The former Minneapolis suburban police officer who said she mistook the shotgun for her Taser when killing Daunte Wright will be sentenced Friday for manslaughter.
Kim Potter was convicted in December of first-degree and second-degree manslaughter in the April 11 murder of Wright, a 20-year-old Black athlete. She will only be convicted on one count. The most serious is first-degree murder, with a hypothetical punishment of just over seven years in prison.
Prosecutors have said the presumptive sentence is appropriate, while the defense requested a lighter sentence, including a sentence of probation only.
Potter is expected to make a statement at her sentencing hearing before Judge Regina Chu, and her attorneys also plan to read statements from others who support her. The state is planning to release victim impact statements in which victims and family members can talk about how Wright’s death has affected them.
Wright was killed after Brooklyn Center agents pulled him over for having an expired driver’s license card and an air freshener hanging from his rearview mirror. The shooting, which occurred in the midst of Derek Chauvin’s trial for murder in the killing of George Floyd, sparked days of protests outside the Central Brooklyn police station marked by tear gas and clashes between protesters and police.
Evidence at Potter’s trial showed that officers knew he had a subpoena for weapons possession and that they attempted to arrest him as he fled. The video shows Potter shouting multiple times that she was going to tease Wright, but she took a gun in her hand and fired one shot into his chest.
For someone with no criminal history, such as Potter, the state sentencing guidelines for first-degree manslaughter require a penalty of a little over six years to about eight and a half years in prison, with Presumptive sentence is more than seven years. .
Prosecutors initially argued that the aggravating circumstances warranting the sentence were above the guideline scope. They say that Potter abused her powers as an officer and that her actions posed a greater-than-normal danger to others.
There is no indication in court filings that they have formally withdrawn that argument, but in a new document they say the presumptive verdict is appropriate and “takes into account key elements of the outcome.” crime: the death of Daunte Wright and the recklessness of Defendant.”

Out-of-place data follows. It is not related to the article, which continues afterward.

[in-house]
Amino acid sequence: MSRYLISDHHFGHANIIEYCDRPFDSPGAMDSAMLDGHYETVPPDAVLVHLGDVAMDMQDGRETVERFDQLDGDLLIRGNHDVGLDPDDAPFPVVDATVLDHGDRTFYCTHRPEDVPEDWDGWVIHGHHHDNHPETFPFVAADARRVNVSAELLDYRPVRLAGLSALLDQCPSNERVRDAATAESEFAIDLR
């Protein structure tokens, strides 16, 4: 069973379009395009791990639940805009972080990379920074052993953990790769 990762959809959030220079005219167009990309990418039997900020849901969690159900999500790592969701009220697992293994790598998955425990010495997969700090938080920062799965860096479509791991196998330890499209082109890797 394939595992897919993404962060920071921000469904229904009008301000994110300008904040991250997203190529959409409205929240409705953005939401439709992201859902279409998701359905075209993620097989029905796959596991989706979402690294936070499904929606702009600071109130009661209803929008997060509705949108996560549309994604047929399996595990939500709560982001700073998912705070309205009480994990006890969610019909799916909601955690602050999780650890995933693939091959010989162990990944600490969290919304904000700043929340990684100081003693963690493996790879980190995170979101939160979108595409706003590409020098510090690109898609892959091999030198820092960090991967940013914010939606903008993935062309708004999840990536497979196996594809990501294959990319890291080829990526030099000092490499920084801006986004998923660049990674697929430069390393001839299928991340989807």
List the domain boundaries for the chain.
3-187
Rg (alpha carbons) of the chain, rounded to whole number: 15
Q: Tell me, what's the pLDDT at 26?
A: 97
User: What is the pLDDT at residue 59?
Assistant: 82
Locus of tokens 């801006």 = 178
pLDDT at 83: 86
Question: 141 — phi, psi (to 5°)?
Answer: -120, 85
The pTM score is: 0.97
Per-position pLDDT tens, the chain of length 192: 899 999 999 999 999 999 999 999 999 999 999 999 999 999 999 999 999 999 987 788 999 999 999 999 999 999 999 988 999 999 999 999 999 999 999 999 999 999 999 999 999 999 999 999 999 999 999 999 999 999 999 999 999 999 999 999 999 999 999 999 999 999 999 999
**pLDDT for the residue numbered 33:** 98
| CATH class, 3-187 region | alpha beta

Defense attorneys, seeking a lighter sentence, argued that Wright was the aggressor and that he would have survived if he had obeyed the order. Their argument for probation said she had no criminal record, regrets, had an exemplary career and was supported by family and friends. They also said her risk of recidivism was low because she was no longer a police officer and they said she would do well during her probation.
Prosecutor Matt Frank disagreed but wrote that if the court found the prison was invalid, Potter would receive 10 years of probation and spend a year in prison, speaking to law enforcement about the dangers of prison. danger of mistaking a weapon and talking to Wright’s family. about their loss if they wanted her to.
Frank also disagrees with the defense argument that Potter should be given a sentence that goes under the guidelines. If the court finds that Potter’s case is less serious than a typical first-degree manslaughter case, he writes, it will issue sentences ranging from four years to slightly more than seven years, sentences assumptions for second- and first-degree manslaughter.
In Minnesota, it is assumed that well-behaved inmates will serve two-thirds of their sentences in prison and the remainder are released under supervised release, commonly known as parole. That means that if Potter received a presumptive sentence of about 7 years, she would be incarcerated for about 4 years and 9 months, with the rest being pardoned.
Potter has been at the state women’s prison in Shakopee since the guilty verdict.
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https://www.winknews.com/2022/02/18/ex-cop-who-killed-daunte-wright-to-learn-sentence/ Ex-cop killed Daunte Wright to study sentence